1. Submitted by myles spicer on 09/15/2009 - 11:01 am.

    Cheers to a reasoned, rational, intelligent article from one who should know. Sadly, Dr. Knoop’s voice is outnumbered by a factor of about 50 million (dollars) to one in this lopsided debate between citizens and lobbyists.

  2. Submitted by dan buechler on 09/15/2009 - 02:07 pm.

    Your recount of the 52 year old victim was searing. Keep writing more, more often. Please.

  3. Submitted by Richard Schulze on 09/15/2009 - 10:43 pm.

    First, our system is so expensive and inefficient that we can’t afford it anymore. It’s a big competitive disadvantage for U.S. industry. Second, Americans are too decent and too generous to accept a system that leaves tens of millions of our fellow citizens without access to health care. That’s morally unacceptable.

    All over the world, health insurance is nonprofit except the U.S…. And as a matter of fact, when health insurance started in the U.S., the original Blue Cross and Blue Shields in every state were nonprofit, and they operated fine. The concept is more like the taxes you pay to operate the fire department in your town. Most people will never have a fire at their house, and therefore, the fire department makes enough money from everybody to put out the ones that do happen.

    Single payer systems have one goal in life, and that is to keep people healthy. That’s what they’re for, and the reason for that is those countries with single payer have all decided that there’s a basic conflict between making a profit for investors and covering people’s health.

    Our multi-tiered health care system, it’s really an expensive system to maintain because there’s so many different systems within it. There’s so many different forms of billing. There’s so many different prices. It’s just vastly simpler if there’s one set of rules and one set of forms and one price or one regional price for the whole country.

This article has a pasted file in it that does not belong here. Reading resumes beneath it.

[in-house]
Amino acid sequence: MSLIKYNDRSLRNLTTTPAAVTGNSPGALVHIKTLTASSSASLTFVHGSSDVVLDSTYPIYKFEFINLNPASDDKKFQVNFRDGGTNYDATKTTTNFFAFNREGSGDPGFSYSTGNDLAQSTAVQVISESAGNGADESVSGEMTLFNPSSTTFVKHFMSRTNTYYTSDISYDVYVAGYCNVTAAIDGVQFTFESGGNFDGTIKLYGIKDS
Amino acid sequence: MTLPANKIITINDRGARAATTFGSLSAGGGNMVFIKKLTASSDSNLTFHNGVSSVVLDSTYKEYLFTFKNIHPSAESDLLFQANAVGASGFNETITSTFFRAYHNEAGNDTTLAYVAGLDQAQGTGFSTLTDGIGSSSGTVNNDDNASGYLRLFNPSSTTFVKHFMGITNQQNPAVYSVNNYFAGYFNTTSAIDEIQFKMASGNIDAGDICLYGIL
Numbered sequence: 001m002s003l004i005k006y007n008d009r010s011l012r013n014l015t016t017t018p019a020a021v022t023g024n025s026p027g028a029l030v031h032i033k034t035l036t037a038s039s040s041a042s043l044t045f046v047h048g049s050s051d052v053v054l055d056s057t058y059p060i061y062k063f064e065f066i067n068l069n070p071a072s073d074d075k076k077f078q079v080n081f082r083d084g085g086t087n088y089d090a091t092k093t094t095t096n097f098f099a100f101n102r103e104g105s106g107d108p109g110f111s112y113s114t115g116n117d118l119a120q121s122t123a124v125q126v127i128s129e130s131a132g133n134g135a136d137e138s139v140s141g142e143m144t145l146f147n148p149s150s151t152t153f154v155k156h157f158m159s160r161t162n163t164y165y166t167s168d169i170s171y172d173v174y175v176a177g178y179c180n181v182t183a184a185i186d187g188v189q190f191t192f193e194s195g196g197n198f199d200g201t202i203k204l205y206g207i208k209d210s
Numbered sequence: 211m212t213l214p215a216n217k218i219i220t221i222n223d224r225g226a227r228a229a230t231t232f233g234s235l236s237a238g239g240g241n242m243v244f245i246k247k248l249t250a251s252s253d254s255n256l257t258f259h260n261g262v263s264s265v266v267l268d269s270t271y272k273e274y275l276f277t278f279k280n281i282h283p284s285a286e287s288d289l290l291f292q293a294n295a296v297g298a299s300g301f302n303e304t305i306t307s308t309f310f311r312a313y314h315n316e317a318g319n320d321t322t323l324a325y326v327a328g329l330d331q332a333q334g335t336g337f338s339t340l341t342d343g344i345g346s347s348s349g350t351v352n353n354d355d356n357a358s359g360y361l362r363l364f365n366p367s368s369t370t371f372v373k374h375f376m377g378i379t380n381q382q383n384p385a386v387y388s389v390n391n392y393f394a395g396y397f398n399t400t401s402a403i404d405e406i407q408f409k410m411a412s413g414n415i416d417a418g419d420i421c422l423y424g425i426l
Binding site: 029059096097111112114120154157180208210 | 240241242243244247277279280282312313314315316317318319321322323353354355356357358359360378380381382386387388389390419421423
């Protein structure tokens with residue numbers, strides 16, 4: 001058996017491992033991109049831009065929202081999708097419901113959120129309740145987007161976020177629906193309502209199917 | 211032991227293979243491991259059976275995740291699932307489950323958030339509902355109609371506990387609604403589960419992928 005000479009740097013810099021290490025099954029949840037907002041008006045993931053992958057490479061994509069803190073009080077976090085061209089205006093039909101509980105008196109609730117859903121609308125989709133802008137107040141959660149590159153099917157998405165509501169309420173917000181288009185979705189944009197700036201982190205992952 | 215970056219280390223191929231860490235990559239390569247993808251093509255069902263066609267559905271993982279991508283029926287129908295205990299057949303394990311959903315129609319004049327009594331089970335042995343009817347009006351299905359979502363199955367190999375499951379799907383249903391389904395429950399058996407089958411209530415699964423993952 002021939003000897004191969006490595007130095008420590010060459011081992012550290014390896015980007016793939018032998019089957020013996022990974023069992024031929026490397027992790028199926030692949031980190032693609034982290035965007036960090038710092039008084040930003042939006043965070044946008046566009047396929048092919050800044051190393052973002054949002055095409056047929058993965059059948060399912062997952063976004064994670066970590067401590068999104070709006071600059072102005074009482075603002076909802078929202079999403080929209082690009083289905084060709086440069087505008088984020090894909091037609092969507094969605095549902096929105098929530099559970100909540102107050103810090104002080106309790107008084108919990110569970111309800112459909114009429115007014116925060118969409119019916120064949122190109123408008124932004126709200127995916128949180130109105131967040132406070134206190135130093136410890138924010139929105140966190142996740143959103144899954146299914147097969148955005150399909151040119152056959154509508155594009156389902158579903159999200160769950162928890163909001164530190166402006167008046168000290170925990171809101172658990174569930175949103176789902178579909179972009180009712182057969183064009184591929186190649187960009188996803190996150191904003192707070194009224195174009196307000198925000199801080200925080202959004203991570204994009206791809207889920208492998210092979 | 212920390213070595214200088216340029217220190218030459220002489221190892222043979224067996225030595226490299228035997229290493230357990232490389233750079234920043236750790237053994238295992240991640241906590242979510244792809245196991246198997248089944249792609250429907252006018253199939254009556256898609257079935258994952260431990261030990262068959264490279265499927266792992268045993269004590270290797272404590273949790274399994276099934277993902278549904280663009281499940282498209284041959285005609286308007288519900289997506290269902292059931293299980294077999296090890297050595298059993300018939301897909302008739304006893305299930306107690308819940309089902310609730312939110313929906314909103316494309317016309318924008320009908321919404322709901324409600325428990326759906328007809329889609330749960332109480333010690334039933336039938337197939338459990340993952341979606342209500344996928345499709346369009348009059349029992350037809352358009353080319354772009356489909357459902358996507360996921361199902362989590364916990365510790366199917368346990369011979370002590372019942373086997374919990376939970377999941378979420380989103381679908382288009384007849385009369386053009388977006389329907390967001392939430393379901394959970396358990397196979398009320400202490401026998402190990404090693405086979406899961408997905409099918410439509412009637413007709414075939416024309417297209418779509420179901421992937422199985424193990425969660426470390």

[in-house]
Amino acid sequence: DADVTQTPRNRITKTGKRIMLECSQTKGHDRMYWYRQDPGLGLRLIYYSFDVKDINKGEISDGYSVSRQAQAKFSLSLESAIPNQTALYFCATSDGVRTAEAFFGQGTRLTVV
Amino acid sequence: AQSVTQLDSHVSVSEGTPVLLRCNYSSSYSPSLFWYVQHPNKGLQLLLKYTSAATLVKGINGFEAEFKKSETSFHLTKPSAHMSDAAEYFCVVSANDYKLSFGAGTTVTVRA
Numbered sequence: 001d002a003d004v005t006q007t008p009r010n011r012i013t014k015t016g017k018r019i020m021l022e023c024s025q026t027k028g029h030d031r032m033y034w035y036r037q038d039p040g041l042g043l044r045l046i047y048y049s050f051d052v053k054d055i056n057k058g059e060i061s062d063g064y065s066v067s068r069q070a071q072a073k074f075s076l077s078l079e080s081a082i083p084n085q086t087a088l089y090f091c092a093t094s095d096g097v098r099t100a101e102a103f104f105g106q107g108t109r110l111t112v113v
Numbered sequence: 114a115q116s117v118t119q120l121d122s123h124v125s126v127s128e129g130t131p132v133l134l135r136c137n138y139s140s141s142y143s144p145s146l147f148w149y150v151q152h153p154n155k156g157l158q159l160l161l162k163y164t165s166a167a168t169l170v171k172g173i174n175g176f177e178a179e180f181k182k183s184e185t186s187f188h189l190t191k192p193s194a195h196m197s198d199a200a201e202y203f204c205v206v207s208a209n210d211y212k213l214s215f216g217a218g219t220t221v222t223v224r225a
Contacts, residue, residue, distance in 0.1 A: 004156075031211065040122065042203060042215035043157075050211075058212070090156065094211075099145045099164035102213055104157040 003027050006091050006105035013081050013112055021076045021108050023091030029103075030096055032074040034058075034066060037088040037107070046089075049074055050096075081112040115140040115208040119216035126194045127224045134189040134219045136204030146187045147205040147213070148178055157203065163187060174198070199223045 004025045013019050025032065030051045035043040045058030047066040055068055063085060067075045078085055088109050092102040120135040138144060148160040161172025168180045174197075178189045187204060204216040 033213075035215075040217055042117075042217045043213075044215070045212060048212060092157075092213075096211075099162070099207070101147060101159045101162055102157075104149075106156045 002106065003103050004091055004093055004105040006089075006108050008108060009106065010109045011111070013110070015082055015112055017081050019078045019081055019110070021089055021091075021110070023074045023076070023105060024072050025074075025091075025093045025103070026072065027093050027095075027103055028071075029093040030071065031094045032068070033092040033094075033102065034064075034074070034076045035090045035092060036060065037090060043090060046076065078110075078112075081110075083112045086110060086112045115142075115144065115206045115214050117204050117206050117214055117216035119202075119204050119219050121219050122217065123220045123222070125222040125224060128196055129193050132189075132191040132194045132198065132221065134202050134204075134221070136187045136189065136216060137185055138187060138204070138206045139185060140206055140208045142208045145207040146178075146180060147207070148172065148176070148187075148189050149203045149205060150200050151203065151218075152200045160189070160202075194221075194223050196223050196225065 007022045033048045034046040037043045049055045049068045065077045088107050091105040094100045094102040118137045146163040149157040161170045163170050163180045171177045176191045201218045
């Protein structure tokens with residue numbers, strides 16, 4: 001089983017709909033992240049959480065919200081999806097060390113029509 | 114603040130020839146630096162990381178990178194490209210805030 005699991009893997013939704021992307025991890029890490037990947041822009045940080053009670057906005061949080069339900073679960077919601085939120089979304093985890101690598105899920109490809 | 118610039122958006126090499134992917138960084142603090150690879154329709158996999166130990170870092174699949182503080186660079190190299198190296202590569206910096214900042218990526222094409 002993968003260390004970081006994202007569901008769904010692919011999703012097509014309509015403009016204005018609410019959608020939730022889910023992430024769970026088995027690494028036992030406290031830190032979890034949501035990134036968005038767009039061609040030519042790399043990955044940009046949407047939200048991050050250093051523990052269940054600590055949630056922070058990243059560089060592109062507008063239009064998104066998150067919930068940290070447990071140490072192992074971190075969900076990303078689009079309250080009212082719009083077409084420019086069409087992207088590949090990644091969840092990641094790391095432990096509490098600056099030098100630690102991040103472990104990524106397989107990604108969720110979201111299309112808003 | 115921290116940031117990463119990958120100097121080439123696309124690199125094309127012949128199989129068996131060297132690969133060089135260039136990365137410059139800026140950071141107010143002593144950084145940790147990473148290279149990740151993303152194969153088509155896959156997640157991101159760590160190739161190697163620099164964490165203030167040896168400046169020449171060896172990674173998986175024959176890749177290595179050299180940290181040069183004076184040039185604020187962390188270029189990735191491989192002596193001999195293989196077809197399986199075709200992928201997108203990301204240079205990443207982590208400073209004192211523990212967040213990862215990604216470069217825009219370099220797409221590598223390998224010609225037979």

You go to the doctor in France and that doctor, by law, is required to post on the wall the price she’s going to charge you for the hundred most common procedures that she does. And then the next column says how much insurance is going to pay you back. And the next column says how many days before the insurance pays you. No doctor in America could do that because they don’t know what they’re getting paid. They get 30 different fees for the same procedure in the same week because of all the different plans.

    The result is enormous administrative complexity. The American health insurance industry – you know, it’s free enterprise, it’s competitive, those guys, as we said, make huge salaries – it’s the least efficient payment system in the world. They spend 18 to 20 percent of every premium dollar on administration costs.

    Big Pharma is a whole other set of problems.

    Americans pay more for pills than people in any other country. Sometimes, the same tablet made in the same factory costs $1 in the U.S. and 20 cents in Britain. If we could negotiate lower prices in the U.S., the drug companies would then try to raise prices overseas to make up for the lost revenues.

    The pharmaceutical industry spends billions on research. Drug companies say they would have to reduce R&D if Americans paid less for their drugs, but the companies spend more on marketing than they do on research. In Switzerland, when the government started negotiating lower prices for drugs, the companies cut their marketing budgets and maintained the level of R&D.

    For profit health insurance and Big Pharma are the status quo

  4. Submitted by Steve Titterud on 09/16/2009 - 02:28 pm.

    Thank you for your voice, but as noted above, speaking common sense about our health care system is like peeing into a hurricane.

    I think this whole debate shows that significant political reform is necessary to achieve meaningful health care reform. Our political system is driven by the influence of money, not the national interest.

  5. Submitted by Richard Schulze on 09/16/2009 - 10:36 pm.

    Steve, How do we rationalize the very rational and logical approach to where we are confronting the problems in the healthcare system and how this country has traditionally and forever has made its decisions?

    Politics, money, influence and balancing different versions of the truth. Playing on peoples fears and all the other tricks and methods that are used to make large decisions like this.

    The costs of being misleading are very low in contemporary America. Damning with faint praise.